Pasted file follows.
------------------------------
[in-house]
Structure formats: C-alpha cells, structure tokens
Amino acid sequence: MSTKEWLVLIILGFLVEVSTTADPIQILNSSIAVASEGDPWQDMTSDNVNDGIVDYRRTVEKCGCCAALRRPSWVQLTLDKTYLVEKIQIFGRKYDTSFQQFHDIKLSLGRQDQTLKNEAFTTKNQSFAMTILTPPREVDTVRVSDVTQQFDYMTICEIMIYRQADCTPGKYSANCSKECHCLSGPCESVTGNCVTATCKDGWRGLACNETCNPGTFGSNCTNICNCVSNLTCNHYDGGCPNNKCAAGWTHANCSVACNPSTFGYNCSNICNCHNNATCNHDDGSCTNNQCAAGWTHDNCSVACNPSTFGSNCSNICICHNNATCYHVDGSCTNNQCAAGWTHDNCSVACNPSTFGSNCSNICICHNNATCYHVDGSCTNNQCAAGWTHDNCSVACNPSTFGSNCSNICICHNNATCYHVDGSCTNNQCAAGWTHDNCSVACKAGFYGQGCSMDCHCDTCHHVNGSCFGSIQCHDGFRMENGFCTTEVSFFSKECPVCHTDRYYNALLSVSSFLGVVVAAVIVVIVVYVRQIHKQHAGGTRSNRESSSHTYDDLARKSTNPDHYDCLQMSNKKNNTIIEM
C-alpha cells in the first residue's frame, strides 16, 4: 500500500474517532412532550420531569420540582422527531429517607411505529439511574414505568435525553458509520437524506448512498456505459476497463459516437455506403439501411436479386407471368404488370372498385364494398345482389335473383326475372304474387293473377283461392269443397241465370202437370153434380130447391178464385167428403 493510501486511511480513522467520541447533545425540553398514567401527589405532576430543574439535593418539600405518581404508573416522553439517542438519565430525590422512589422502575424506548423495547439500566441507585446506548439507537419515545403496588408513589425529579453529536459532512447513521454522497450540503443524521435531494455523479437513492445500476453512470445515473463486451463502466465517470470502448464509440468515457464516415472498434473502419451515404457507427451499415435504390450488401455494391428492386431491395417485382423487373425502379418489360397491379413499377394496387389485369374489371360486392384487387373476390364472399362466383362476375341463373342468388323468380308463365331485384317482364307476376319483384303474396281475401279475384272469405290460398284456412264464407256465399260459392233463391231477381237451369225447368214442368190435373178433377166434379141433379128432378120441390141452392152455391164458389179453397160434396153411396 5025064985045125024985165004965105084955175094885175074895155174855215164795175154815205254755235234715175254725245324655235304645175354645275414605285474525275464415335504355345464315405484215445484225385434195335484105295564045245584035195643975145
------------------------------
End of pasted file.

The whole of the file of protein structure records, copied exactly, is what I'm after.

[in-house]
Structure formats: C-alpha cells, structure tokens
Amino acid sequence: MSTKEWLVLIILGFLVEVSTTADPIQILNSSIAVASEGDPWQDMTSDNVNDGIVDYRRTVEKCGCCAALRRPSWVQLTLDKTYLVEKIQIFGRKYDTSFQQFHDIKLSLGRQDQTLKNEAFTTKNQSFAMTILTPPREVDTVRVSDVTQQFDYMTICEIMIYRQADCTPGKYSANCSKECHCLSGPCESVTGNCVTATCKDGWRGLACNETCNPGTFGSNCTNICNCVSNLTCNHYDGGCPNNKCAAGWTHANCSVACNPSTFGYNCSNICNCHNNATCNHDDGSCTNNQCAAGWTHDNCSVACNPSTFGSNCSNICICHNNATCYHVDGSCTNNQCAAGWTHDNCSVACNPSTFGSNCSNICICHNNATCYHVDGSCTNNQCAAGWTHDNCSVACNPSTFGSNCSNICICHNNATCYHVDGSCTNNQCAAGWTHDNCSVACKAGFYGQGCSMDCHCDTCHHVNGSCFGSIQCHDGFRMENGFCTTEVSFFSKECPVCHTDRYYNALLSVSSFLGVVVAAVIVVIVVYVRQIHKQHAGGTRSNRESSSHTYDDLARKSTNPDHYDCLQMSNKKNNTIIEM
C-alpha cells in the first residue's frame, strides 16, 4: 500500500474517532412532550420531569420540582422527531429517607411505529439511574414505568435525553458509520437524506448512498456505459476497463459516437455506403439501411436479386407471368404488370372498385364494398345482389335473383326475372304474387293473377283461392269443397241465370202437370153434380130447391178464385167428403 493510501486511511480513522467520541447533545425540553398514567401527589405532576430543574439535593418539600405518581404508573416522553439517542438519565430525590422512589422502575424506548423495547439500566441507585446506548439507537419515545403496588408513589425529579453529536459532512447513521454522497450540503443524521435531494455523479437513492445500476453512470445515473463486451463502466465517470470502448464509440468515457464516415472498434473502419451515404457507427451499415435504390450488401455494391428492386431491395417485382423487373425502379418489360397491379413499377394496387389485369374489371360486392384487387373476390364472399362466383362476375341463373342468388323468380308463365331485384317482364307476376319483384303474396281475401279475384272469405290460398284456412264464407256465399260459392233463391231477381237451369225447368214442368190435373178433377166434379141433379128432378120441390141452392152455391164458389179453397160434396153411396 5025064985045125024985165004965105084955175094885175074895155174855215164795175154815205254755235234715175254725245324655235304645175354645275414605285474525275464415335504355345464315405484215445484225385434195335484105295564045245584035195643975145